A great slogan can take an ad campaign to the next level. From "Maybe It's Maybelline" to "Just Do It," slogans have the power to become synonymous with a brand, but many aspiring entrepreneurs wonder if they can actually place a trademark on a specific string of words.
The legal problems many slogans encounter is that they are usually common words. For instance, Nike's "Just Do It" has fairly common words in its slogan. However, that slogan has been in use for so long that is has become synonymous with the brand.
Ultimately, to qualify for a trademark, a slogan needs to meet one of either two points of criteria. It needs to be inherently creative and distinctive. It also needs to develop a thorough second meaning that immediately calls to mind the service or product the company wants to sell.
Determining second meaning
A slogan such as "Maybe It's Maybelline" will have an easier time attaining a trademark because it has the name of the company right in the sentence. A person saying that sentence could only possibly associate it with the company. Without that distinctiveness, a brand would have to rely on a second meaning developing.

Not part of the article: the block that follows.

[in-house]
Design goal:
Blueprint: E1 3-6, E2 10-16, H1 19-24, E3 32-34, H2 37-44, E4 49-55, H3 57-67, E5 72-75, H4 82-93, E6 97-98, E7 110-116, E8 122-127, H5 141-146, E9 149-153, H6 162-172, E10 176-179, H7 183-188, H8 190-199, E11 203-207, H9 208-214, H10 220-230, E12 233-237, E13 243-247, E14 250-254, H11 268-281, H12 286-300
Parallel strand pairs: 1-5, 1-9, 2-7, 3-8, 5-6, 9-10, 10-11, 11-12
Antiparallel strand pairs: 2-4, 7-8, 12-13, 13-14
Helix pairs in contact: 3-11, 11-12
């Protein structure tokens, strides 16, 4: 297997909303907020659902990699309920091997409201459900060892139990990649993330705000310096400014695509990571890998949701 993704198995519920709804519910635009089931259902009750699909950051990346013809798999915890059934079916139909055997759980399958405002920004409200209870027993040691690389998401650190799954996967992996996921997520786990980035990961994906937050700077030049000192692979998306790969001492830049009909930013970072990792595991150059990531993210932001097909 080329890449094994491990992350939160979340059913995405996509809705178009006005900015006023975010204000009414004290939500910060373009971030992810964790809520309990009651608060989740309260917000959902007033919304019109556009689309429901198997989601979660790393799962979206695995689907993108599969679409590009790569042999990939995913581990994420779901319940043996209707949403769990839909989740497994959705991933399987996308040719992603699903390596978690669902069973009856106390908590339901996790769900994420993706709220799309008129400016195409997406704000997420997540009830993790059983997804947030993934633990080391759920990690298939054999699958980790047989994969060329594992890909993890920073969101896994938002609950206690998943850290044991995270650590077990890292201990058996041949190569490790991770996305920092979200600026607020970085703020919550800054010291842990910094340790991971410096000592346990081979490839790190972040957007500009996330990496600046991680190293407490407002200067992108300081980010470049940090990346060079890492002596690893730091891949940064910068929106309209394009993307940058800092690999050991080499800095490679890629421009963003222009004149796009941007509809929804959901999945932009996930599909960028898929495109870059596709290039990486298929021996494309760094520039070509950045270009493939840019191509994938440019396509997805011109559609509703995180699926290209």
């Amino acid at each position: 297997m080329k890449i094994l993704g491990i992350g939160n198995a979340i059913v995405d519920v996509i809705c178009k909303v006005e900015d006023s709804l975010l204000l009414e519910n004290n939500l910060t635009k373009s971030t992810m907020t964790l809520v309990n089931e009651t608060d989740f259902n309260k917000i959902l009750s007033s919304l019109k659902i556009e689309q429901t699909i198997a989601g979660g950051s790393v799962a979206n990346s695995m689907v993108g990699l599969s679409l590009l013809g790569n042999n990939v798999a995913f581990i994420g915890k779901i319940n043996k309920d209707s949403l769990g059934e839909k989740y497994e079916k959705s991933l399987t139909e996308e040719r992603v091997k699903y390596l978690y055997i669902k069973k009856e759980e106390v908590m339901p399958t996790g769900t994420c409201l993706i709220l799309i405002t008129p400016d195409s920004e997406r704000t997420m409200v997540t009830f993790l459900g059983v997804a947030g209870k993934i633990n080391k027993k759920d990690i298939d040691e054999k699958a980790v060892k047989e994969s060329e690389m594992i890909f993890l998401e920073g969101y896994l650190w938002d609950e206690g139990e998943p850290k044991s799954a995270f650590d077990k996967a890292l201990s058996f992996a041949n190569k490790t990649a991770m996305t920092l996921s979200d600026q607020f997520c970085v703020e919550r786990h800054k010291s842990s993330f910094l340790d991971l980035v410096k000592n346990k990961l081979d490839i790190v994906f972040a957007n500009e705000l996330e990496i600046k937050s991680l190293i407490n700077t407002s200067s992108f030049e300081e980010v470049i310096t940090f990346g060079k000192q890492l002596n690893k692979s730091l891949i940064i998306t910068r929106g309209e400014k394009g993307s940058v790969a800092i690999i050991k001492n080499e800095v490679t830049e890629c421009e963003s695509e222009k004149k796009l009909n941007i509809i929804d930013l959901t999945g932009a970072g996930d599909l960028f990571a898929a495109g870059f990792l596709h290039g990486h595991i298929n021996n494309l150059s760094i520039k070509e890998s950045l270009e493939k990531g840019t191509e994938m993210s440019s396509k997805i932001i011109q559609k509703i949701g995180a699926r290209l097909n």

A second meaning relates to how the words in the slogans have transcended their traditional meanings. Typically, in order for this to happen, the company needs to use the slogan continuously for years of advertising to qualify for a trademark. At that point, the slogan usually attains another meaning. For example, Nike has used "Just Do It" for over 30 years now even though the phrase could technically relate to anything.
If entrepreneurs want to trademark a slogan, then they should prepare for possible objections. Slogans can receive refusals on the grounds of ornamentation and for relating to informational matters.